[3] Madauß et al. “Fabrication of nanoporous graphene/polymer composite membranes” Nanoscale, 2017, 9, 10487

Catalytically Induced Convective Flow

The electrochemical decomposition of hydrogen peroxide  has been reported to generate interfacial fluid flow by micro-pumps, and interdigitated microelectrodes[1], as well as the motion of bimetallic platinum/gold nano-motors [2]. In principle, the immersion of platinum/gold nanorods in hydrogen peroxide, triggers a series of oxidation and reduction reactions, where  is oxidized at the platinum anode into protons, electrons, and oxygen molecules, while reduction takes place at the gold cathode. The resulting ionic flux generates an electric field that is coupled with the charge density, thereby inducing an electric body force that drives interfacial fluid motion.The heterogeneous rate constant which largely influences ionic flux by way of proton generation and consumption is an important parameter that needs to be understood under steady state and transient conditions.

The kochi and Kolinger’s approach [3] will be used in determining the reaction rate constant. Several electrochemical experimental techniques such as chronoamperometry, chronopotentiometry and cyclic voltammetry, will be used in determining important parameters such as, diffusion coefficient, charge transfer, number of electrons, and peak potentials needed for evaluating the rate constant. The experimental heterogenous rate constant will be implemented in existing numerical models by way of the Damköhler’s number to ascertain its influence on the reaction flux, proton distribution, induced potential and convective flow.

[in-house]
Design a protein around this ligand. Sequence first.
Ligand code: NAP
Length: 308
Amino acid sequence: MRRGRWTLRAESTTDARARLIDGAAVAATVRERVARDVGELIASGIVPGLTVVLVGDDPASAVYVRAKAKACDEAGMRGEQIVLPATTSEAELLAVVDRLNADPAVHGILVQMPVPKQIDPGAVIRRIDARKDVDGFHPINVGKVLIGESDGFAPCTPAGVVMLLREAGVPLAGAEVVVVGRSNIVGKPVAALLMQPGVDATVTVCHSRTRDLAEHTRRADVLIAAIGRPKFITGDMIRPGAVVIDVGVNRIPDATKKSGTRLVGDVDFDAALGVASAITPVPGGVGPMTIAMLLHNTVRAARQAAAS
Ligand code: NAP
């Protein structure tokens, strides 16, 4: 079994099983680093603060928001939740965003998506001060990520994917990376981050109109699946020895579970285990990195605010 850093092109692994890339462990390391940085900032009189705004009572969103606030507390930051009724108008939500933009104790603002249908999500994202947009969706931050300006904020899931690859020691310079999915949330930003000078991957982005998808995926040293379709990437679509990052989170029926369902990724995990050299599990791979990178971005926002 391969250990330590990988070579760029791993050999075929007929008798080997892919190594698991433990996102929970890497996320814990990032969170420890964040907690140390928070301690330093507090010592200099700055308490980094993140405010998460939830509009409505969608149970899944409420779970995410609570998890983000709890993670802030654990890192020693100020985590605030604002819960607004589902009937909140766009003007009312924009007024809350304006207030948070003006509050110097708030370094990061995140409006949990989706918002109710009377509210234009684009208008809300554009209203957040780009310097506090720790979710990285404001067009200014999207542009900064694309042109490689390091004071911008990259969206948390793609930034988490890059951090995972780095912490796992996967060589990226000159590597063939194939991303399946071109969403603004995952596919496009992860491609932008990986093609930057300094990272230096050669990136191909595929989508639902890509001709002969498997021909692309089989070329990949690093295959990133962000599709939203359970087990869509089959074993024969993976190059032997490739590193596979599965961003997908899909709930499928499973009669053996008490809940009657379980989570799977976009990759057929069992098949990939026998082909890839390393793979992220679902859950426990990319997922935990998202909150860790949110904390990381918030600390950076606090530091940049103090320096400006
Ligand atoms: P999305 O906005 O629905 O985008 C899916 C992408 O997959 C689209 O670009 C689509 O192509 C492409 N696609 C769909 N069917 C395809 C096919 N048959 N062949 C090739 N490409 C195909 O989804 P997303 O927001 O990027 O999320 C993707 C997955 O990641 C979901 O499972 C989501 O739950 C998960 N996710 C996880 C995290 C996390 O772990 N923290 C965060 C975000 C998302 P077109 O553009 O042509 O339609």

For more information, contact:

Abimbola ASHAJU (a.a.ashaju@utwente.nl), Soft Matter, Fluidics and Interfaces, Meander 317)

[1]          T. R. Kline, W. F. Paxton, Y. Wang, D. Velegol, T. E. Mallouk, and A. Sen, “Catalytic micropumps: Microscopic convective fluid flow and pattern formation,” J. Am. Chem. Soc., vol. 127, no. 49, pp. 17150–17151, 2005.